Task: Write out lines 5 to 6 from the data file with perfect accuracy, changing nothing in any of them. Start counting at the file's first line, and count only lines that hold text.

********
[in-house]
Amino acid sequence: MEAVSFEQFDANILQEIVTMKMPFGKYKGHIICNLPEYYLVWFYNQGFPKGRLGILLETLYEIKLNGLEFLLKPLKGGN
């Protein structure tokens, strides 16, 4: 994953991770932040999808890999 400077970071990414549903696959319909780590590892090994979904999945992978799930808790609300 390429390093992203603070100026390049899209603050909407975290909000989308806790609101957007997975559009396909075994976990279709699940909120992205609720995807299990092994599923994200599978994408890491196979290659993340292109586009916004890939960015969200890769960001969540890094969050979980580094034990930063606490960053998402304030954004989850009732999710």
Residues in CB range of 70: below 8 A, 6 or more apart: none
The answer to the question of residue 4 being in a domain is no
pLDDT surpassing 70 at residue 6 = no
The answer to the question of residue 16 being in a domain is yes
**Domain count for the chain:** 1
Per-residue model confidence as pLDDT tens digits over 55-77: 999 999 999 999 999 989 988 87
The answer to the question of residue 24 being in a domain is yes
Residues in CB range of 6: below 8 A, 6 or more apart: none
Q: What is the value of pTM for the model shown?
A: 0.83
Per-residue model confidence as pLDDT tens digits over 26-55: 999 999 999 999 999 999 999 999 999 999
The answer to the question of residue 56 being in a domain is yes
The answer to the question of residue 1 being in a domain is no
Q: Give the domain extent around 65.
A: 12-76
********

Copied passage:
The answer to the question of residue 4 being in a domain is no
pLDDT surpassing 70 at residue 6 = no